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With the end of the Coronavirus Job Retention Scheme on 30 September 2021, I thought it would be timely to prepare a quick overview of some of the current and pending tax changes resulting from the pandemic. With everything else that’s in the news at the moment, these are easily pushed to the background, but thinking ahead, it’s worth highlighting them again now as thoughts turn to planning for 2022 and beyond.
Capital Allowances - The Super Deduction
For qualifying expenditure on new items of plant and machinery incurred between 1 April 2021 and 31 March 2023, companies can claim 130% capital allowances. For example, this means that a spend of £10,000 will give rise to a tax deduction of £13,000.
More information can be found by clicking through to the HM Treasury Factsheet.
Expenditure on “special rate” assets such as hot and cold water systems and other “integral assets” will attract a 50% upfront deduction whilst the Annual Investment Allowance, giving 100% relief to businesses on up to £1 million of qualifying send will continue to apply until the end of 2021. This latter point is important since unincorporated businesses will not qualify for the Super Deduction.
There will be more flexibility to realise an earlier cash benefit from tax losses arising in accounting periods ending in the financial years 2021 and 2022, i.e. to 31 March 2022. These losses (subject to a maximum cap of £2 million for the earlier two years) can be carried back and offset against prior year profits (starting with the most recent years) for up to the previous three years.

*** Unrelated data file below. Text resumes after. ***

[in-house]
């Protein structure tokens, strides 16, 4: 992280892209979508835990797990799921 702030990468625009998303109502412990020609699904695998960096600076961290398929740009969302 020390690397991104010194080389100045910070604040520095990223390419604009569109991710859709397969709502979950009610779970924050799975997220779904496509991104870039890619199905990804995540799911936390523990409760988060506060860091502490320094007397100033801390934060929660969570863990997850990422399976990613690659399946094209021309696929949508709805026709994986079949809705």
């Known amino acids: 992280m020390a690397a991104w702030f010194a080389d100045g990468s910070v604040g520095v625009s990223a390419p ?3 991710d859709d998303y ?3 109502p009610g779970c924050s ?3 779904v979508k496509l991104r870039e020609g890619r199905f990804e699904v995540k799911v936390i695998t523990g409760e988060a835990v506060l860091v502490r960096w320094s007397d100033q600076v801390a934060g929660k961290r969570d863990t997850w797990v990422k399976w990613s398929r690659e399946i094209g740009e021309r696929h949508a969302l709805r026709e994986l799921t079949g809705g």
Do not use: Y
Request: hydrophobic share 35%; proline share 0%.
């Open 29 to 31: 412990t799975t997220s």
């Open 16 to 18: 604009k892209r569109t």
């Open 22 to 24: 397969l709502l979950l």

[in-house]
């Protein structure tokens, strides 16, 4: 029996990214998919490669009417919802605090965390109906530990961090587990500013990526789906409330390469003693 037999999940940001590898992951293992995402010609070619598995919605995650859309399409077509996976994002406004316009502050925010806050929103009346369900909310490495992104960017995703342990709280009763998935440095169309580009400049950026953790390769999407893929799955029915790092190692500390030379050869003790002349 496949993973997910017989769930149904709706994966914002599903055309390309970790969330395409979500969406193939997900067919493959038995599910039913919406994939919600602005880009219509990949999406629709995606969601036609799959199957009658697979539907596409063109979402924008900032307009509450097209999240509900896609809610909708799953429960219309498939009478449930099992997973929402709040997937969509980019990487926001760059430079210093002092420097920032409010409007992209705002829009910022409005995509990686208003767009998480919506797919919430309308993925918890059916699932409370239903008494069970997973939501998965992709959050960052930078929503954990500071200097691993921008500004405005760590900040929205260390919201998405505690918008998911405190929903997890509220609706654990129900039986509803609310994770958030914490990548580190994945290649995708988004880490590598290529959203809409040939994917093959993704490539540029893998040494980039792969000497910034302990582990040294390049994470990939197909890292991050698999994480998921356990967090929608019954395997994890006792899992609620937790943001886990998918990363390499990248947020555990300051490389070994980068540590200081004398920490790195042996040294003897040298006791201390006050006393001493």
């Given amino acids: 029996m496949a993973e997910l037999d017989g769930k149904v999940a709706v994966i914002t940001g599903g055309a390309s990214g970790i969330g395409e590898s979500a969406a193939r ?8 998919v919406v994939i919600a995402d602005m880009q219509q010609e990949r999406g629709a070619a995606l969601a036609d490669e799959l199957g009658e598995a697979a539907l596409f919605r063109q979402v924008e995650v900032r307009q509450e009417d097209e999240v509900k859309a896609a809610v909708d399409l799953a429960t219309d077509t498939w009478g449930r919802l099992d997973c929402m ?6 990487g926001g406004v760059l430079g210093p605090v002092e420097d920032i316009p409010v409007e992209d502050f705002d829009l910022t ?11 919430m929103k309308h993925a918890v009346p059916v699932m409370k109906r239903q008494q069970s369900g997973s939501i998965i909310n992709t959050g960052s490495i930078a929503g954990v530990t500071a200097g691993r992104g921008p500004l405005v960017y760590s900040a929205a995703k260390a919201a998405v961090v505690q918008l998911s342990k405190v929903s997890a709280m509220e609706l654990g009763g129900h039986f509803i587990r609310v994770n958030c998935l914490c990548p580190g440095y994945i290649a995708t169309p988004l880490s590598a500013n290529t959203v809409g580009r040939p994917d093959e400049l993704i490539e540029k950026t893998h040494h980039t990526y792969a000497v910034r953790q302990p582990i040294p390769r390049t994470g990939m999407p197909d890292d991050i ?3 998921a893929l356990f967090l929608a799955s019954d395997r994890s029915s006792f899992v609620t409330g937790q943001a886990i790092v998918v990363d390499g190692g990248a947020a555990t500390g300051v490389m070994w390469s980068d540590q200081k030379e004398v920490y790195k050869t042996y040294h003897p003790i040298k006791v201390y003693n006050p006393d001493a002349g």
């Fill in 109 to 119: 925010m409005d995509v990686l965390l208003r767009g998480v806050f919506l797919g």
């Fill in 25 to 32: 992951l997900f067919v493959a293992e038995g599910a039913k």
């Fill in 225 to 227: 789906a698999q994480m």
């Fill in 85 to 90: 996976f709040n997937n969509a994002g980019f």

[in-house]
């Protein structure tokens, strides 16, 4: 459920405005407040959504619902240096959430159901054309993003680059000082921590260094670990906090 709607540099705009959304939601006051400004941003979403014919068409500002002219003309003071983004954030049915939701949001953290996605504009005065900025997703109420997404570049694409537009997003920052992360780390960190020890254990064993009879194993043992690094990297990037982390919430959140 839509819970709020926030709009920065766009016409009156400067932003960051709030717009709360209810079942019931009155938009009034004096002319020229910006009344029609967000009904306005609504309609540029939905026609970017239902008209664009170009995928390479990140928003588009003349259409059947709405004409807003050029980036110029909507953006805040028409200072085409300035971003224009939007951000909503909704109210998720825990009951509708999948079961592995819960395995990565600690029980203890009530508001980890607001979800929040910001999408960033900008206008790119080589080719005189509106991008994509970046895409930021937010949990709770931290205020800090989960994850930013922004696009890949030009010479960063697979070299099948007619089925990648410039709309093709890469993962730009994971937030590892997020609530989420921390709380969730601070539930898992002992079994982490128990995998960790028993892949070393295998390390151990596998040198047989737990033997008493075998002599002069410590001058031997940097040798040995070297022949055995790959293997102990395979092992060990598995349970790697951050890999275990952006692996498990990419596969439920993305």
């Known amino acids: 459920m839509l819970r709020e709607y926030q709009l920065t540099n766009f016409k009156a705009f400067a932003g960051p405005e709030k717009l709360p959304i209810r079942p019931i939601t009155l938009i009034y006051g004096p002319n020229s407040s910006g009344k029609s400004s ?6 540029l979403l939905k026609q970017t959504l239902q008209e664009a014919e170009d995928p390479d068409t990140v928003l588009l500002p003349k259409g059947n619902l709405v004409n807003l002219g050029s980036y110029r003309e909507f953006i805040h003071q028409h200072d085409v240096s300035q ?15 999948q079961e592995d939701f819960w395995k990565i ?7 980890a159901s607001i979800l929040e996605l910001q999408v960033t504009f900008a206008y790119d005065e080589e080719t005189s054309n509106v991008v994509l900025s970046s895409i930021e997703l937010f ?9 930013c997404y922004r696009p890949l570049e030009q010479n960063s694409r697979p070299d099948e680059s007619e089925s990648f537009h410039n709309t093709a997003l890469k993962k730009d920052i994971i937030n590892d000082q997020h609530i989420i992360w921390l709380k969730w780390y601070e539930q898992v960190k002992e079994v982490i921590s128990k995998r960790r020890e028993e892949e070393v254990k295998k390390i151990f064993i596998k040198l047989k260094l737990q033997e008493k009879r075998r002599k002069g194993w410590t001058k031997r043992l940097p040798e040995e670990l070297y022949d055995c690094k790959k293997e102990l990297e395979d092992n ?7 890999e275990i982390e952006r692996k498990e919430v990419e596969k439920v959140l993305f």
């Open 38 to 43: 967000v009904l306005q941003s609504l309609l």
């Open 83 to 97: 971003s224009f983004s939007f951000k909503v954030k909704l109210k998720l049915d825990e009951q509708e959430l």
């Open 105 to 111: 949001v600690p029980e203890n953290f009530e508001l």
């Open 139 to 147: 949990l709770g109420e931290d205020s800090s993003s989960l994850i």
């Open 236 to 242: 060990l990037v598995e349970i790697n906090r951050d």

Corporation Tax Rates
The main rate of corporation tax for the years ending 31 March 2022 and 2023 will continue to be 19%. However, this increases to 25% from 1 April 2023, with the existing 19% rate retained for small businesses, defined as those with annual taxable profits of up to £50,000. Companies with profits between £50,000 and £250,000 will pay tax at the main rate reduced by a marginal relief resulting in a gradual increase in the effective rate of corporation tax for many businesses.
National Insurance Rates
National Insurances rates will increase by a total of 2.5% with effect from April 2022, split 1.25% each between employer and employee respectively.
The increases will apply to both employed and self employed individuals earning above the class 1 primary threshold/class 4 lower profits limit (currently £9,568) with Employers paying the additional 1.25% in respect of employees earning above the class 1 secondary threshold (currently £8,840).
It is understood that with effect from April 2023, the increases will be legislated separately as a “health and social care levy” with National Insurance returning to 2021/22 levels.
Taxation of Dividends
Coupled with the increase in National Insurance rates, the tax rates applicable dividend income will also increase with effect from April 2022. This means that the applicable rates will be 8.75% for basic rate taxpayers, 33.75% for higher rate taxpayers and 39.35% for additional rate taxpayers. The £2,000 annual dividend allowance remains.
The 5% VAT rate applicable to certain supplies of hospitality, hotel and holiday accommodation, came to an end on 30 September 2021. It has increased to 12.5% with effect from 1 October and will return to 20% with effect from 1 April 2022.
Clark Benefit Consulting Limited
Martin’s advice, input and ability to interpret and report data on our fledgling ecommerce business was highly useful enabling us to take further growth steps confident that we were doing so on a sound commercially beneficial basis
Peter Graham, Managing Director of Assured Products Ltd